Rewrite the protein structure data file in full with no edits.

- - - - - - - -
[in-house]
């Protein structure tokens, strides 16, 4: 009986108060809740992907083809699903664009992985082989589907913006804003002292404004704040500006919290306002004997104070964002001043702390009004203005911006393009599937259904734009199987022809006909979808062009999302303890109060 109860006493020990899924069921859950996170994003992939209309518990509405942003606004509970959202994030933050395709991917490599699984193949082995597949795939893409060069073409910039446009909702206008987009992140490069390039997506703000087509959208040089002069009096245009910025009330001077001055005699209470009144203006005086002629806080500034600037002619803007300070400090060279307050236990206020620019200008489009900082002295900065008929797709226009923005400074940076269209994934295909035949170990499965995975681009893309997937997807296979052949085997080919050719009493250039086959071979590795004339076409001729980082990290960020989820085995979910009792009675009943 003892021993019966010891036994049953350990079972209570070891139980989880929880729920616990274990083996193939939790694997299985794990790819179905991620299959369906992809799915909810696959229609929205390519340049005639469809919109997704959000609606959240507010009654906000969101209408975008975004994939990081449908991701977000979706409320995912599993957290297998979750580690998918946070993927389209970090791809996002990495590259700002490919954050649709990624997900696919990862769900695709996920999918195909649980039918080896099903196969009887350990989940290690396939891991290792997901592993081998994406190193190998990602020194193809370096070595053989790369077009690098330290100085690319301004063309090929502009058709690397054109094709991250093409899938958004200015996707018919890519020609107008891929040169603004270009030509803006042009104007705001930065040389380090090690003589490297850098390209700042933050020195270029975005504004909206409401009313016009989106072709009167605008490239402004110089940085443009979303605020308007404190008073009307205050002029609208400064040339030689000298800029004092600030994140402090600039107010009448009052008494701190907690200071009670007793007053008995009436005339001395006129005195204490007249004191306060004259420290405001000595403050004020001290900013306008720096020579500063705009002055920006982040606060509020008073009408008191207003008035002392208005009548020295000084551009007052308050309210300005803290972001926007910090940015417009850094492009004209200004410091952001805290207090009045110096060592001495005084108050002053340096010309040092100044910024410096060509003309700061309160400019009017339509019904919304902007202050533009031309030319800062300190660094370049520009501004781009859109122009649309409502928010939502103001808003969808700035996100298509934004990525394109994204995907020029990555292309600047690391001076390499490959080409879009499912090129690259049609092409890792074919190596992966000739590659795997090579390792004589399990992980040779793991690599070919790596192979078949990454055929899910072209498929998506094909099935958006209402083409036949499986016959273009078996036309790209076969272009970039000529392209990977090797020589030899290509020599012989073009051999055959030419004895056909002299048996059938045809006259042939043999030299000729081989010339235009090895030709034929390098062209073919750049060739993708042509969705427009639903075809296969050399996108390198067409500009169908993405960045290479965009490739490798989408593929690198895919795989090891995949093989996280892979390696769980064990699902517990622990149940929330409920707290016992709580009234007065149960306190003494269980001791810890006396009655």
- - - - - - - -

[in-house]
């Protein structure tokens, strides 16, 4: 009986108060809740992907083809699903664009992985082989589907913006804003002292404004704040500006919290306002004997104070964002001043702390009004203005911006393009599937259904734009199987022809006909979808062009999302303890109060 109860006493020990899924069921859950996170994003992939209309518990509405942003606004509970959202994030933050395709991917490599699984193949082995597949795939893409060069073409910039446009909702206008987009992140490069390039997506703000087509959208040089002069009096245009910025009330001077001055005699209470009144203006005086002629806080500034600037002619803007300070400090060279307050236990206020620019200008489009900082002295900065008929797709226009923005400074940076269209994934295909035949170990499965995975681009893309997937997807296979052949085997080919050719009493250039086959071979590795004339076409001729980082990290960020989820085995979910009792009675009943 003892021993019966010891036994049953350990079972209570070891139980989880929880729920616990274990083996193939939790694997299985794990790819179905991620299959369906992809799915909810696959229609929205390519340049005639469809919109997704959000609606959240507010009654906000969101209408975008975004994939990081449908991701977000979706409320995912599993957290297998979750580690998918946070993927389209970090791809996002990495590259700002490919954050649709990624997900696919990862769900695709996920999918195909649980039918080896099903196969009887350990989940290690396939891991290792997901592993081998994406190193190998990602020194193809370096070595053989790369077009690098330290100085690319301004063309090929502009058709690397054109094709991250093409899938958004200015996707018919890519020609107008891929040169603004270009030509803006042009104007705001930065040389380090090690003589490297850098390209700042933050020195270029975005504004909206409401009313016009989106072709009167605008490239402004110089940085443009979303605020308007404190008073009307205050002029609208400064040339030689000298800029004092600030994140402090600039107010009448009052008494701190907690200071009670007793007053008995009436005339001395006129005195204490007249004191306060004259420290405001000595403050004020001290900013306008720096020579500063705009002055920006982040606060509020008073009408008191207003008035002392208005009548020295000084551009007052308050309210300005803290972001926007910090940015417009850094492009004209200004410091952001805290207090009045110096060592001495005084108050002053340096010309040092100044910024410096060509003309700061309160400019009017339509019904919304902007202050533009031309030319800062300190660094370049520009501004781009859109122009649309409502928010939502103001808003969808700035996100298509934004990525394109994204995907020029990555292309600047690391001076390499490959080409879009499912090129690259049609092409890792074919190596992966000739590659795997090579390792004589399990992980040779793991690599070919790596192979078949990454055929899910072209498929998506094909099935958006209402083409036949499986016959273009078996036309790209076969272009970039000529392209990977090797020589030899290509020599012989073009051999055959030419004895056909002299048996059938045809006259042939043999030299000729081989010339235009090895030709034929390098062209073919750049060739993708042509969705427009639903075809296969050399996108390198067409500009169908993405960045290479965009490739490798989408593929690198895919795989090891995949093989996280892979390696769980064990699902517990622990149940929330409920707290016992709580009234007065149960306190003494269980001791810890006396009655």